It is important to recognise that having great support needs does not mean that dependence and exclusion are inevitable, but that depends very much on how we choose to approach people and on whether we give the right kind of support—support that facilitates independence and assists those who are trying to help them. In an intervention earlier we heard about the pressure that is sometimes put on parents. I read a recent study looking at young disabled people who seemed to have made quite a success of their lives, in that they had secured employment and found a place to live independently. They highlighted the fact that their parents had been critical in helping them through those different phases. As in many other areas of life, it is true that good parents—parents who provide the right support—are a great help. However, where we are talking about parents who are coping with children with disabilities—often quite severe disabilities—we should never underestimate the pressure they are under, and that was illustrated in the example given by the hon. Member for Eastbourne. We should never underestimate the pressure on parents, how easy it is for one final incident or episode to be the straw that breaks the camel’s back or how insensitive agencies can be at times to the pressures on parents.
I want briefly to mention two groups. The first is young soldiers. I obviously see a lot of young injured service personnel at the Queen Elizabeth hospital in Birmingham. The lives of these young people will be changed beyond all recognition from what they would have anticipated when they joined the services a few years ago. As we think about the support and provision that will be available in future, it is important that we do everything to assist the independence of these people, to whom we already owe an enormous debt, and who have every right to expect to lead a fulfilling and independent life. We can either assist or hinder that process by the way in which we shape the support and services we make available.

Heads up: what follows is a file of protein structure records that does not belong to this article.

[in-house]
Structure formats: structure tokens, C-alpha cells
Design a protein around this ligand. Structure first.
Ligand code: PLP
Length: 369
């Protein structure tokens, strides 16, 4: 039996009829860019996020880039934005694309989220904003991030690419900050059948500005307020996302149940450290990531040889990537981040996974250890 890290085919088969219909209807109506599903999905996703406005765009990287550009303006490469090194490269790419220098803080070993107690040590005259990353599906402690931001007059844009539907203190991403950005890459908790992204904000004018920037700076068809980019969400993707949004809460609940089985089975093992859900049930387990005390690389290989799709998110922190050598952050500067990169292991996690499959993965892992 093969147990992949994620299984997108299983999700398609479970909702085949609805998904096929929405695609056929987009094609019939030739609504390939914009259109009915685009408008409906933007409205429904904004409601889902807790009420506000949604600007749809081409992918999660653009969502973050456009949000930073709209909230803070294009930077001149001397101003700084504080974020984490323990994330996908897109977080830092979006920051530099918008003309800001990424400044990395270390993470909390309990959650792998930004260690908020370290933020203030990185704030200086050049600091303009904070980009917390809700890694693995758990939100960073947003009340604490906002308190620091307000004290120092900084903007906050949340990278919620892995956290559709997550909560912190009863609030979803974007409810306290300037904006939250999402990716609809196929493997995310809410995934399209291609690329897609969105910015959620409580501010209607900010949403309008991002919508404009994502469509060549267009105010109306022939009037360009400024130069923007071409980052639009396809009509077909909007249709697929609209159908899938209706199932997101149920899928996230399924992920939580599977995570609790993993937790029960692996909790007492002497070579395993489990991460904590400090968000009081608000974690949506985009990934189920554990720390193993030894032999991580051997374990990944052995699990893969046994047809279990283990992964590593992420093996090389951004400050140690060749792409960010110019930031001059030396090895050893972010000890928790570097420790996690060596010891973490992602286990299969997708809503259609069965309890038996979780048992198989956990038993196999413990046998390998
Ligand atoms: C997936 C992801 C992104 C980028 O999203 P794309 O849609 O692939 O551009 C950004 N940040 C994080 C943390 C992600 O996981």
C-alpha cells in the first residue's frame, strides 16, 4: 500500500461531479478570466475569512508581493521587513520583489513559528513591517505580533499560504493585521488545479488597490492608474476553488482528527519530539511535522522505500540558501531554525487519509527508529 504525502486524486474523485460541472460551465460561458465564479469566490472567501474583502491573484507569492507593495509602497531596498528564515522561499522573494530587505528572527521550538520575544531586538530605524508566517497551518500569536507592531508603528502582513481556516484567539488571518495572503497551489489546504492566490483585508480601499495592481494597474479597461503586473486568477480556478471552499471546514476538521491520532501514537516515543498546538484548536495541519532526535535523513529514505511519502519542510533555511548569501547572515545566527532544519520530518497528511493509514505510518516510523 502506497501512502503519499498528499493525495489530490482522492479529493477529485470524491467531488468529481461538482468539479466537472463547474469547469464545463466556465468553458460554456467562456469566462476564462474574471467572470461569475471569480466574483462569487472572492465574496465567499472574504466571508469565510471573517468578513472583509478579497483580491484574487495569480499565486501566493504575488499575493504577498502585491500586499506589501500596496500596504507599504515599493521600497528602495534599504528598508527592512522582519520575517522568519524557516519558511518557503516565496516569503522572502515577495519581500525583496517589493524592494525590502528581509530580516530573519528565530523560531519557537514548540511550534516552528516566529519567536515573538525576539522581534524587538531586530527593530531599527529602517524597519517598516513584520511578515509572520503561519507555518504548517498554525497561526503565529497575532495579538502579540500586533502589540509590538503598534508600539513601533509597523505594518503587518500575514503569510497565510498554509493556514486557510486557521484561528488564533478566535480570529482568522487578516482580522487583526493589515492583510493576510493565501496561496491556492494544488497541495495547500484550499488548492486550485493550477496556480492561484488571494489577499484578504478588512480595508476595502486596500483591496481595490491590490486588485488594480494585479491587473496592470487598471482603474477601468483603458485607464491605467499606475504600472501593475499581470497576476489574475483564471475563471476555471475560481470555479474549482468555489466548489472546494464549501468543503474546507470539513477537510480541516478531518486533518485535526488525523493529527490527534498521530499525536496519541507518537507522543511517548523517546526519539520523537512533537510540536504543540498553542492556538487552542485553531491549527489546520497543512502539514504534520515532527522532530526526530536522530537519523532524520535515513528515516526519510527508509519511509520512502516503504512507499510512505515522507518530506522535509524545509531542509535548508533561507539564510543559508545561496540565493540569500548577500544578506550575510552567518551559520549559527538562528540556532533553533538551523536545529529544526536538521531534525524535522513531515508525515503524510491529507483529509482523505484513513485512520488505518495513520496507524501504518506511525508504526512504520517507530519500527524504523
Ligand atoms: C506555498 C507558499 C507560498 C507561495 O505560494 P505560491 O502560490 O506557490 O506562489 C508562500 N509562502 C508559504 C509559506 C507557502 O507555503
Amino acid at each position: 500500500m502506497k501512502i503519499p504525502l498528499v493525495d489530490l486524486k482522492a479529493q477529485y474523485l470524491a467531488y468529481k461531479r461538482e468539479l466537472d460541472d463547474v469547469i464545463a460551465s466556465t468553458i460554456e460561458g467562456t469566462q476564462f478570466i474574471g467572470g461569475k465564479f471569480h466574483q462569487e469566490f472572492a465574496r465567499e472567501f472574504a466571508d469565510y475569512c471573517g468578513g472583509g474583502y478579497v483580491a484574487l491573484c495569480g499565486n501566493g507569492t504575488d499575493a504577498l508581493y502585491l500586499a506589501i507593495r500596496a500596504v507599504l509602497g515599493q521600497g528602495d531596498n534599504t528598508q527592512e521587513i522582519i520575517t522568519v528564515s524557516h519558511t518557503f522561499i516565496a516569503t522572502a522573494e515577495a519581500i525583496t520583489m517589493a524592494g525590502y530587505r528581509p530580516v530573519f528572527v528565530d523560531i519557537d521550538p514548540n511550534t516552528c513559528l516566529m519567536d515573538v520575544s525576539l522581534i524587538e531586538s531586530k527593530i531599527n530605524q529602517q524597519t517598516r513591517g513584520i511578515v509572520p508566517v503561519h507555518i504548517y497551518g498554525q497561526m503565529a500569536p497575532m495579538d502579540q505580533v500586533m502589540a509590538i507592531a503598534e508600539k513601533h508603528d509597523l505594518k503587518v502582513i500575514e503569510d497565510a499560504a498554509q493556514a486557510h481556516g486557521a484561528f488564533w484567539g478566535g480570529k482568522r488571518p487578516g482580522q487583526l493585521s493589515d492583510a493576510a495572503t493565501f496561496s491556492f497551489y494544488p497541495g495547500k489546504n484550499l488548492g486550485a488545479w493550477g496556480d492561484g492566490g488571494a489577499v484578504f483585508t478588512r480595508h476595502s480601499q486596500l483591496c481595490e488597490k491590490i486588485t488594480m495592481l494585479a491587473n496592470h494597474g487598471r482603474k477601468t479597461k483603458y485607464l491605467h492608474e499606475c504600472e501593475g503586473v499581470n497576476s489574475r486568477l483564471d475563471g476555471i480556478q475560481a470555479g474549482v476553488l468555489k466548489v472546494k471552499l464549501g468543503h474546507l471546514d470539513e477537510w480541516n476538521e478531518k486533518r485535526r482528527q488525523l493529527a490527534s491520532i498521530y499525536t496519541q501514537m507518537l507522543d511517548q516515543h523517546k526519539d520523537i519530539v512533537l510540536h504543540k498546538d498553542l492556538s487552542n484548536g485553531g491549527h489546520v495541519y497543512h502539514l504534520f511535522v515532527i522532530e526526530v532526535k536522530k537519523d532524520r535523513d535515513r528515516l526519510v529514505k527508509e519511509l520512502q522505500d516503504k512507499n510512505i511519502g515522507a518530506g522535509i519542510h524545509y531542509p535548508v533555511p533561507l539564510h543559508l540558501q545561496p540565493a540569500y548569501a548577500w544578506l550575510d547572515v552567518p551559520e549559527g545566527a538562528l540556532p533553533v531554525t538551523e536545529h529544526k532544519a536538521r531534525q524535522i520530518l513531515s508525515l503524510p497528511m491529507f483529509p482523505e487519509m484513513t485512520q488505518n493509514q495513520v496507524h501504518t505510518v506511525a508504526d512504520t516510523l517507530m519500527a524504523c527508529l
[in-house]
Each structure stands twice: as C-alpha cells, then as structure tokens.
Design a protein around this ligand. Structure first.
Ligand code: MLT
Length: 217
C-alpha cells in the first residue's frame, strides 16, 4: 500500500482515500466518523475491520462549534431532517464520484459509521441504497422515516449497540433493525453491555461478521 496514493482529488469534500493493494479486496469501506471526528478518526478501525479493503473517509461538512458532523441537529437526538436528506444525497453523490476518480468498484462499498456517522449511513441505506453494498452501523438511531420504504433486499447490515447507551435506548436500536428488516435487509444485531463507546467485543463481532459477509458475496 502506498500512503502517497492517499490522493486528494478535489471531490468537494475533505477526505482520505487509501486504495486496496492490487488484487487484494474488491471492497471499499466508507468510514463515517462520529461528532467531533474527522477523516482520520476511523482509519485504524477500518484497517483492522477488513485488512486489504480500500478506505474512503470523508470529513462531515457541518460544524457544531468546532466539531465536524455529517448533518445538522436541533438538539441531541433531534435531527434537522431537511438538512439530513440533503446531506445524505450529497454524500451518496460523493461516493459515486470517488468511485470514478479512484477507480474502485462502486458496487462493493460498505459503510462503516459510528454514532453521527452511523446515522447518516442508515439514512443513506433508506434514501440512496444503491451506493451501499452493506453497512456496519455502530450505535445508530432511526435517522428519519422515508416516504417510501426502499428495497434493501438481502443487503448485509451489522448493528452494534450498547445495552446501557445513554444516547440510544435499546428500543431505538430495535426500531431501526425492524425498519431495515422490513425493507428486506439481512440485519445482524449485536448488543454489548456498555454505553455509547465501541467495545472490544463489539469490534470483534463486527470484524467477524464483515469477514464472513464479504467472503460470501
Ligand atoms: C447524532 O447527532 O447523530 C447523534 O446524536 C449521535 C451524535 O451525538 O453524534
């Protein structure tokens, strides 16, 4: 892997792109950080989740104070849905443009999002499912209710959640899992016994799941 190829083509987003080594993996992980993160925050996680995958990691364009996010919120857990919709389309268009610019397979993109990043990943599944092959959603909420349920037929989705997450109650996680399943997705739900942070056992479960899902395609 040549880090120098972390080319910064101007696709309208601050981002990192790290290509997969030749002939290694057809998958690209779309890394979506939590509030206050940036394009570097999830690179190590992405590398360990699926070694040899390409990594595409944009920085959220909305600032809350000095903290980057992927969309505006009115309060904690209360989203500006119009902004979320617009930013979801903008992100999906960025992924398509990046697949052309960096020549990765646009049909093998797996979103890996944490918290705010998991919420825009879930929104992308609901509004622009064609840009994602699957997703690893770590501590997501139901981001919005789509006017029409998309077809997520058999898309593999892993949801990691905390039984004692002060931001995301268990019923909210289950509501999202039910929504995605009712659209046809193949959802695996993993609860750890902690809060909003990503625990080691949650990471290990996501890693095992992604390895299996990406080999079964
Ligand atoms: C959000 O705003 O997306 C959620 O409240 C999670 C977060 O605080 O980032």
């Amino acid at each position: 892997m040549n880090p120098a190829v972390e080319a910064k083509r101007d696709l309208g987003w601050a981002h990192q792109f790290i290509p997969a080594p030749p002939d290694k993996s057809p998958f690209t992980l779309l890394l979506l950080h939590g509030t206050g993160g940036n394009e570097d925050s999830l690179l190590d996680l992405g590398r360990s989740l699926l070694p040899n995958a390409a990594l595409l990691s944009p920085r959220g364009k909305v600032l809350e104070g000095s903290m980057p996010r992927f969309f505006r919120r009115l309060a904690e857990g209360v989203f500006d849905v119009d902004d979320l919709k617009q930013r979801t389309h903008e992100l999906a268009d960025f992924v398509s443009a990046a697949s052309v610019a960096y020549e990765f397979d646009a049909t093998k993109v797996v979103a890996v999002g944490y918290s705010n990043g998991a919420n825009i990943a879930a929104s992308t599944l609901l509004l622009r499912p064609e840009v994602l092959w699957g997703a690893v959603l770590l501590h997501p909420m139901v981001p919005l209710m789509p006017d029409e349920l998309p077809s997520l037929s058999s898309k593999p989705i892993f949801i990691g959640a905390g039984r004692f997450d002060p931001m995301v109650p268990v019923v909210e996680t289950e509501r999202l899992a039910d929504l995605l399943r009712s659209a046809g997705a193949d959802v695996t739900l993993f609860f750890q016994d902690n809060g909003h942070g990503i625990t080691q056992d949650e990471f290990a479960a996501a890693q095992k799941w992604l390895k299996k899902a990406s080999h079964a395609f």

The other group is young people with terminal illnesses. In the past, they would tend to die at a relatively young age—perhaps before or in their early teens. Quite often, the support we provided was limited to a bit of hospice provision and a bit of social services or other independent agency provision at critical times in the illness. Nowadays, youngsters with terminal illnesses tend to live much longer, into their early 20s or early adulthood. Like every one else making that transition in life, they have all sorts of demands and expectations, and they want to go to college and have jobs. Quite often, they are capable of doing those things, but they need different kinds of support and services. We need to recognise that there will be an increasing demand for that in the years ahead, so the more we can shape and prepare services now, to cater for those young people, the more we will be able to help them, and the more we will get ahead of the game, rather than playing the traditional game of catch-up.